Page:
R. v. V.N., 2018 (Brampton):
The public would be shocked to know how frequently innocent people can become the dupes of sophisticated criminal predators. In this case, Chris’s client was tricked into bringing back more than 8 kilograms of cocaine into Canada. The Crown wanted to imprison her - an upstanding citizen with no criminal record - for a minimum of 8 years. After hours of advice, preparation, and investigation, Chris’s client testified in her trial by jury in the Superior Court of Justice. The jury listened to Chris’s meticulous submissions and believed his client was innocent. She was found not guilty of all charges, and walked out of that courtroom a free woman.

R. v. A.M., 2018 (Toronto):
After what the the judge described as a "surgical" cross-examination of three veteran Toronto police officers, all charges against Chris's client were dismissed. Chris had argued that his client was racially profiled and illegally strip searched, and that police had negligently lost key evidence.

R. v. I.J., 2017 (Milton): 
Sometimes winning the trial happens before ever setting foot in a courtroom. A key eyewitness alleged Chris's client was guilty. After carefully reviewing the evidence, Chris was able to point out the flaws in the eyewitness identification and persuade the Crown attorney to withdraw all charges.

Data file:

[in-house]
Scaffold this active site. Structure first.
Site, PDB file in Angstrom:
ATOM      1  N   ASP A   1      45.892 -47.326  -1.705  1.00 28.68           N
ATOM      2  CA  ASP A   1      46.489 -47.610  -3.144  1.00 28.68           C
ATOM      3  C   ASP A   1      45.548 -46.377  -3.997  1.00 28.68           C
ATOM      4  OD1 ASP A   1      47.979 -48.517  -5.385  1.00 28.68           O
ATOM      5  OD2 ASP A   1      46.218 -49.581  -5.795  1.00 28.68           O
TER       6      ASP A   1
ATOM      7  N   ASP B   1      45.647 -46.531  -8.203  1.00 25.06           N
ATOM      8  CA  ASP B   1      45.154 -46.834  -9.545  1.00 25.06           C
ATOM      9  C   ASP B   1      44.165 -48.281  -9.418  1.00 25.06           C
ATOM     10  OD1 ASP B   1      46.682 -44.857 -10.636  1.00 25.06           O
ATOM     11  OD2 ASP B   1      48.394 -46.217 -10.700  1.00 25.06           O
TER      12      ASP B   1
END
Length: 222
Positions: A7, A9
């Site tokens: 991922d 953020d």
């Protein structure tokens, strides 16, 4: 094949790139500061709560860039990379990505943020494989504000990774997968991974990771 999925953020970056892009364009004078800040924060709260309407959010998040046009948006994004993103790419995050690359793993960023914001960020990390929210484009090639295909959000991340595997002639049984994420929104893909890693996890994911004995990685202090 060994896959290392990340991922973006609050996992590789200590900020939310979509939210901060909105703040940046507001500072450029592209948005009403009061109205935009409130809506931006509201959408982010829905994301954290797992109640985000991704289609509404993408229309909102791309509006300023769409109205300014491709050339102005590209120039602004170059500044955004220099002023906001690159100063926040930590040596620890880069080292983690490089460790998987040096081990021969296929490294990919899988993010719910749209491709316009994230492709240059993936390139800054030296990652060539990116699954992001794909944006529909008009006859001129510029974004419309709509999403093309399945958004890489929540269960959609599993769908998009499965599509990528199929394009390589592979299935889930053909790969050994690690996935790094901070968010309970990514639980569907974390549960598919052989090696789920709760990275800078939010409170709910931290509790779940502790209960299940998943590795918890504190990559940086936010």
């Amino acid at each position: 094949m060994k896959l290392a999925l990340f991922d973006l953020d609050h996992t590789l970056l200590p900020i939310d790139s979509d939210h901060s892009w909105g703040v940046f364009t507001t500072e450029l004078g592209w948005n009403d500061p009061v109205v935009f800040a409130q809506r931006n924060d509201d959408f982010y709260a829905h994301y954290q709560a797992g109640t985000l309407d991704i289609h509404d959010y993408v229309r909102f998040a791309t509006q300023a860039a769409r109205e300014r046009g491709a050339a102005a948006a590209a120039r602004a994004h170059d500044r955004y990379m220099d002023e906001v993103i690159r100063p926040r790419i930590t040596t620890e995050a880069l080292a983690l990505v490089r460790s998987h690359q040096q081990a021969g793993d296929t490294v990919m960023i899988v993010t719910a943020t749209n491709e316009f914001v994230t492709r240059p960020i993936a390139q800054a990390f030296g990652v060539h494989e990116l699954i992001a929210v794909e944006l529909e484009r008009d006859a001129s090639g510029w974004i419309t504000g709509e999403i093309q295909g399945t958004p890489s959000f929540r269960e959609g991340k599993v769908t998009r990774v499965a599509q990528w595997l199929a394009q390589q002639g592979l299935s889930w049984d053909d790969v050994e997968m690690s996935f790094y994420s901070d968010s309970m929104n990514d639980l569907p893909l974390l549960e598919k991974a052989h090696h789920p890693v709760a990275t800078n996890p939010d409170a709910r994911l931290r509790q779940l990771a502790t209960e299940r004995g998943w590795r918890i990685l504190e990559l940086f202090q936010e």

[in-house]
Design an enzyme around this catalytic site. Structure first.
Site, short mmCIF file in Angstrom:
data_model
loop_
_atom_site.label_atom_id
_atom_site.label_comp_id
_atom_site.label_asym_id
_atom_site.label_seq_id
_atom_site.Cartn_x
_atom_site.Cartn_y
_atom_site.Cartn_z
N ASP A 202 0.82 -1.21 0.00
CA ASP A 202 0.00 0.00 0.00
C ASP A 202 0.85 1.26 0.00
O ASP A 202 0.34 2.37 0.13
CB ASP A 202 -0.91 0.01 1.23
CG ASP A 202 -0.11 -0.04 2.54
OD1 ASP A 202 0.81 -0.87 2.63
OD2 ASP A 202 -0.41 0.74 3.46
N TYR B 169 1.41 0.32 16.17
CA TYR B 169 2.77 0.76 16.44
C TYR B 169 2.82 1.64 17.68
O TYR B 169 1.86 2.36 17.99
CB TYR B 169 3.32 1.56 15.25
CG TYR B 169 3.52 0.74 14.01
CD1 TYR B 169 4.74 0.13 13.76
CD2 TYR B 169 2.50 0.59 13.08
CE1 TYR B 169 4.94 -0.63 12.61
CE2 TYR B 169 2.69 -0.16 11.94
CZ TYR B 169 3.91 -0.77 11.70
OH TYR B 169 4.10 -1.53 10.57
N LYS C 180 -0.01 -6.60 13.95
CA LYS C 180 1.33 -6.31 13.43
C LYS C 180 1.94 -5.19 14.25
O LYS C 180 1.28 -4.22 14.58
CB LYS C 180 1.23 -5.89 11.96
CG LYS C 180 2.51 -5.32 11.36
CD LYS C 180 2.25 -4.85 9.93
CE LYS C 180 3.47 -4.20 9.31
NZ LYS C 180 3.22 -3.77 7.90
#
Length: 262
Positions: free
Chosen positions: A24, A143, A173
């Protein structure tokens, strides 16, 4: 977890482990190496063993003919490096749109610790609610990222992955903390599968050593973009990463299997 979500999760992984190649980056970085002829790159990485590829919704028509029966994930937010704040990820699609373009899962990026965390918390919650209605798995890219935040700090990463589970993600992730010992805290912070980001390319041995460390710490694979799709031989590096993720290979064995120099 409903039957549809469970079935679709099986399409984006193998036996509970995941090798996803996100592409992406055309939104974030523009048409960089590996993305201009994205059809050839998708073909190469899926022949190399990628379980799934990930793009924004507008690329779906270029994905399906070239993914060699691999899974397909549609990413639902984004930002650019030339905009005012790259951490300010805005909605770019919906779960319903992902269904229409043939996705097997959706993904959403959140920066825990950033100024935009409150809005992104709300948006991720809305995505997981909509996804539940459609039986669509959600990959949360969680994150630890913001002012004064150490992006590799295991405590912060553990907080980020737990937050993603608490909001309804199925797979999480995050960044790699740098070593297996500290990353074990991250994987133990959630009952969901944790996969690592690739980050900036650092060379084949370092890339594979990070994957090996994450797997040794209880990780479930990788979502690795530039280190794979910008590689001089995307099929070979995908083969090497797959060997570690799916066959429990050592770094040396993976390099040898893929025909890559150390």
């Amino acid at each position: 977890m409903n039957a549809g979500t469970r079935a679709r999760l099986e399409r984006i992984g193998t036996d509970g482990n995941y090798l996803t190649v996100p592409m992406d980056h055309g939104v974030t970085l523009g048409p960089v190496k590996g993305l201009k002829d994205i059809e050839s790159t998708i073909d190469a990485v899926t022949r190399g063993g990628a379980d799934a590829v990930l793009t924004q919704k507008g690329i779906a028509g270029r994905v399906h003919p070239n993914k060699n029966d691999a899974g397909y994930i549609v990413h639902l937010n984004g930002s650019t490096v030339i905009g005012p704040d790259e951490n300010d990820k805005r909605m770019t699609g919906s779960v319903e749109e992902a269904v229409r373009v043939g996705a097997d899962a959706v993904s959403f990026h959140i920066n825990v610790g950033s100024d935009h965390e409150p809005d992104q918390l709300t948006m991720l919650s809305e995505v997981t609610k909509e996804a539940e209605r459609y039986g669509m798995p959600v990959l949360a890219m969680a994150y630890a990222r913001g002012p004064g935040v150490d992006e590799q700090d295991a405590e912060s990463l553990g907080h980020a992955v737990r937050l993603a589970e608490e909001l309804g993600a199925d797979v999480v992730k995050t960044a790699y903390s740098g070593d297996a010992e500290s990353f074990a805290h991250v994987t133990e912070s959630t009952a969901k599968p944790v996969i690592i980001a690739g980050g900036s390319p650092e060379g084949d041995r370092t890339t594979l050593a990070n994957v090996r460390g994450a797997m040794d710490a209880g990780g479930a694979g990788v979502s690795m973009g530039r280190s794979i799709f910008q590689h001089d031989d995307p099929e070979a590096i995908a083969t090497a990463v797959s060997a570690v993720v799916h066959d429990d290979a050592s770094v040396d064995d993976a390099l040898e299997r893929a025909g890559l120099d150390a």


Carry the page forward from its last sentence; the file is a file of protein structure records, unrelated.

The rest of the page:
R. v. O.I., 2017 (Toronto):
Other times, Crown attorneys won't listen to reason and have to be defeated at trial. Two witnesses testified that Chris's client participated in a robbery; police alleged that when he was arrested four months later, he unlawfully attempted to flee. In the course of a lengthy trial in the Superior Court, Chris showed that the witnesses were mistaken and the officers were not credible. His client was acquitted. 

R. v. H.C., 2017 (Hamilton):
Chris's client was charged with production of over 1,000 plants of marijuana, facing a mandatory minimum of 3 years in jail. Chris alleged the police violated his client's right to silence and successfully excluded a confession from evidence. In the face of this loss, the Crown attorney withdrew the charges. 

R. v. C.P., 2017 (Toronto):
Chris applied to exclude statements made by his client to a police officer while he was being investigated for impaired driving. In granting the application and excluding the evidence, the trial judge found that this was a serious and flagrant breach of C.P.'s Charter rights and that it demonstrated a systemic issue with police training in Ontario. 

R. v. J.M., 2017 (Toronto):
Chris's client was charged with stabbing a young man in downtown Toronto, near Yonge and Dundas Square. But the man was lying about what happened: Chris's client had acted in self-defence. Chris turned down multiple plea offers that got progressively sweeter as the trial approached. His refusal to bend ultimately resulted in all charges being withdrawn before trial.